• Open tortoise git application and fill in the fields as described here:

      • Enter the URL for cloning. Our suggestion is to always check out stable branch

      • Point “Directory” field to the ACADOtoolkit folder.

      • Check the “Branch” field and enter stable.

    • Click “OK” and wait for the code to be downloaded.

If for any reason you cannot download the code using GIT or you do not want to use GIT (this is not encouraged!), you can download the code in a zip archive

  1. current code from the stable branch or

  2. current code from the master branch

Those archives are automatically updated after each successfully compiled and tested commit we push to the GIT repository.

Please note you do not need to build ACADO at this stage, you just need to download it. We will refer to the main ACADO folder (ACADOtoolkit) as <ACADO_ROOT>. Open Matlab in this directory.

Navigate to the MATLAB installation directory by running:

cd interfaces/matlab/;

You are now ready to compile the ACADO interface. This compilation will take several minutes but needs to be done only once. Run “make” in your command window:

make clean all;

You will see:

Making ACADO...

and after a while when the compilation is finished:

ACADO successfully compiled.
Needed to compile XYZ file(s).

If you need to restart Matlab, run this make file again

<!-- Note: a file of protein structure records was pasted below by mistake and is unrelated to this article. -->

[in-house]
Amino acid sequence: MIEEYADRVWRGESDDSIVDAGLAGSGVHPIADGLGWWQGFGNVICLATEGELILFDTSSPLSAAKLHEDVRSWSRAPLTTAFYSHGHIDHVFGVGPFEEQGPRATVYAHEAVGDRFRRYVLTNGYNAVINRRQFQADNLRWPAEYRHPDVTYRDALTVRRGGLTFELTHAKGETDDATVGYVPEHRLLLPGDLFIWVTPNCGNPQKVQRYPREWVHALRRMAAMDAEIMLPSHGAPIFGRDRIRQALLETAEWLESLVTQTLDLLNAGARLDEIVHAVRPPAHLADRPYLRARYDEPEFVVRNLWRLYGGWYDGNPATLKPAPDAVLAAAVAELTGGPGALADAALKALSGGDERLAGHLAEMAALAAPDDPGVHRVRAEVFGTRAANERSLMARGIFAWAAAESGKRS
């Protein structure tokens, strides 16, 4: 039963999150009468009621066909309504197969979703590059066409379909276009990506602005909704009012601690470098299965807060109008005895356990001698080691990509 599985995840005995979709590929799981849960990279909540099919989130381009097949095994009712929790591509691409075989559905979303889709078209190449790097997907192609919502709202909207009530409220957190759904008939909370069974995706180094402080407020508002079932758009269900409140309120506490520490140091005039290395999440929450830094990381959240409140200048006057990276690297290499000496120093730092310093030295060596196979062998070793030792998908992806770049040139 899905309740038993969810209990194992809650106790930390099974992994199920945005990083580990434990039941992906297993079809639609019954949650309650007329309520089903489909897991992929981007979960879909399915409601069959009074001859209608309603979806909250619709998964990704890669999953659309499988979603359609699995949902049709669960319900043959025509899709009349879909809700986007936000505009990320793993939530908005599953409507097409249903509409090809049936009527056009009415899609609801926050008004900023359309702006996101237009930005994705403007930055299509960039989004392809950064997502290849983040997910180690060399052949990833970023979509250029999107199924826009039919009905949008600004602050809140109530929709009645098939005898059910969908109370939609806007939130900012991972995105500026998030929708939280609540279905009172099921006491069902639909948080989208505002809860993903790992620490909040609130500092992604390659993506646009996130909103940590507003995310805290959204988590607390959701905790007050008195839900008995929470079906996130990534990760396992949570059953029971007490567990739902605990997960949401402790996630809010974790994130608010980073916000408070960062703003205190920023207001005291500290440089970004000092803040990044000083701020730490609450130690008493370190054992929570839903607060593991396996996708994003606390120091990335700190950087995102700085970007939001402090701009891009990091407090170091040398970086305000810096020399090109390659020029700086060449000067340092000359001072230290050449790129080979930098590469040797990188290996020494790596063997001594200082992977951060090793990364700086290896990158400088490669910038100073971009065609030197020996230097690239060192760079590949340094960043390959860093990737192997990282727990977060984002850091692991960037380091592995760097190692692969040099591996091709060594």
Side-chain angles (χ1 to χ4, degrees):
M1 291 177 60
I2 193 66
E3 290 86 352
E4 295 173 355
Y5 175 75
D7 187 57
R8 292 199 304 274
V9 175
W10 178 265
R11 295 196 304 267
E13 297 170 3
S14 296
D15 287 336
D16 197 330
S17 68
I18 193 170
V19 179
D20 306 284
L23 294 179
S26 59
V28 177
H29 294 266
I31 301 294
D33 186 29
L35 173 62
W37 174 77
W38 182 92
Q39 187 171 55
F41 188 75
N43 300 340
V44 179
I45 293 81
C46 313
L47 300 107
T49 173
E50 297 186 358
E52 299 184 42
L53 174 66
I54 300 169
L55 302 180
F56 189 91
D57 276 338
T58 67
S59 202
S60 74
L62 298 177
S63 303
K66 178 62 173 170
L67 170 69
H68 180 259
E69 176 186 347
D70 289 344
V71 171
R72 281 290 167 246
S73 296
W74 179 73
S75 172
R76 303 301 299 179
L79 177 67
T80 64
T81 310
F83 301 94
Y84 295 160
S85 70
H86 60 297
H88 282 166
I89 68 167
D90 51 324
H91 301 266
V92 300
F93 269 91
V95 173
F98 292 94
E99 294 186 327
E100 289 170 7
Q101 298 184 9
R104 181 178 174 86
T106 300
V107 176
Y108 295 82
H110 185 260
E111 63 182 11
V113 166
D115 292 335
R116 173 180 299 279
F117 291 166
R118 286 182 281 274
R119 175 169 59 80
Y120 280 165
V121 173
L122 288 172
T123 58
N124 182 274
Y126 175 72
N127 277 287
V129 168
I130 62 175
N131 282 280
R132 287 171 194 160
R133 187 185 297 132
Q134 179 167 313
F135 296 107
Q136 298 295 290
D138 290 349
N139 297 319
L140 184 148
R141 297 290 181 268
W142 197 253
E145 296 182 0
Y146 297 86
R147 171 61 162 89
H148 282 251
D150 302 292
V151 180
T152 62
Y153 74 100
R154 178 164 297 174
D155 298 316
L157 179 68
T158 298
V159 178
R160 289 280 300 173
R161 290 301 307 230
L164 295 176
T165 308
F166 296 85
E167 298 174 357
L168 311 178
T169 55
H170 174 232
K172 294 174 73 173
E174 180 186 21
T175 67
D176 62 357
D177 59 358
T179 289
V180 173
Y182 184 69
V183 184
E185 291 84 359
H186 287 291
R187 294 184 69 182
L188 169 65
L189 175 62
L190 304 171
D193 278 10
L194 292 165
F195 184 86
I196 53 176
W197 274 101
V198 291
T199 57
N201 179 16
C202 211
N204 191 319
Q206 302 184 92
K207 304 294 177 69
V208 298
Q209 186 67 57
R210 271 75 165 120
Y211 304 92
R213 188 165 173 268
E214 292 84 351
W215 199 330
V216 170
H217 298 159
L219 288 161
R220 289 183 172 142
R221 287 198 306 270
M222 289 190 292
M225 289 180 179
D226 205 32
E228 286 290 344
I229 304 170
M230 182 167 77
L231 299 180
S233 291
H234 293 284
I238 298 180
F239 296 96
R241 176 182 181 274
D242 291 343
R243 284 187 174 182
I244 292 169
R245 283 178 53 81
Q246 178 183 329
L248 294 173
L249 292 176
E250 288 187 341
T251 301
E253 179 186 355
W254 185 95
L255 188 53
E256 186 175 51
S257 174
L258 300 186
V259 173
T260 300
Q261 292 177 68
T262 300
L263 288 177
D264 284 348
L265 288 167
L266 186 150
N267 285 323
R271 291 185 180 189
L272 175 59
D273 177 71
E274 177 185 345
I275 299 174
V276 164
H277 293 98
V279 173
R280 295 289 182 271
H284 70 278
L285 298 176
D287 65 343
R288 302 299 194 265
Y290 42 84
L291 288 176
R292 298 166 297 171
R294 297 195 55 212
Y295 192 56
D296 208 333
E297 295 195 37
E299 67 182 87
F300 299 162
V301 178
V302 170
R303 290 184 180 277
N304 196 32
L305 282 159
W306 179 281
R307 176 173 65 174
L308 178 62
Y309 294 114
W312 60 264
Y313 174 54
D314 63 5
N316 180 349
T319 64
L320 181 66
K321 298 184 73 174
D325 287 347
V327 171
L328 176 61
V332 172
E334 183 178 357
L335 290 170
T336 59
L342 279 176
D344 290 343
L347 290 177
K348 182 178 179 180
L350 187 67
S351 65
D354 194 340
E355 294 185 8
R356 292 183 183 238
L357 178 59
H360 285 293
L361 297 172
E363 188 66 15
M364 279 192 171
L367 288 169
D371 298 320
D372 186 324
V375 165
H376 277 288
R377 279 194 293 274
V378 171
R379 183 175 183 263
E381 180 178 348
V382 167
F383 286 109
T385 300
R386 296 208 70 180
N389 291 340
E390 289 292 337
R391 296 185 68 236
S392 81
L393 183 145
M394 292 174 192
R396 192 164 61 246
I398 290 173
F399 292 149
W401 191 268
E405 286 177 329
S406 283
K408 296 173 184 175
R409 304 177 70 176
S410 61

to set all paths or run savepath in your console to
save the current search path for future sessions.

ACADO has now been compiled. As the text indicated every time you restart MATLAB you need to run “make” again to set all paths. When running “make” again no new files need to be compiled and the process will only take a few seconds. However, it is easier to save your paths for future Matlab session. Do so by running “savepath” in your command window (this step is optional).


Step 4 - Running your first example

We will now run the OCP getting started example:

cd examples/ocp/getting_started/

The file getting_started.m contains the ACADO syntax to setup and execute a simple Optimal Control Problem. Run “getting_started” in your terminal to test the execution:


You should see a report similar to the following one:


 1:  KKT tolerance = 2.016e-001     objective value = 6.4478e-001
 2:  KKT tolerance = 2.074e+000     objective value = 4.3516e-001
 3:  KKT tolerance = 1.484e-001     objective value = -2.3787e+000
 4:  KKT tolerance = 9.130e-002     objective value = -2.3441e+000
 5:  KKT tolerance = 1.035e-001     objective value = -2.4338e+000
 6:  KKT tolerance = 5.587e-002     objective value = -2.5326e+000
 7:  KKT tolerance = 2.741e-002     objective value = -2.5766e+000
 8:  KKT tolerance = 1.839e-002     objective value = -2.5959e+000
 9:  KKT tolerance = 1.543e-002     objective value = -2.6105e+000
10:  KKT tolerance = 1.494e-002     objective value = -2.6258e+000
11:  KKT tolerance = 5.624e-003     objective value = -2.6404e+000
12:  KKT tolerance = 1.584e-004     objective value = -2.6456e+000
13:  KKT tolerance = 1.214e-008     objective value = -2.6456e+000

convergence achieved.

A graph will be drawn with the results which are stored in the variable 'out’. You're done!

Would you like to read more? Download the user manual.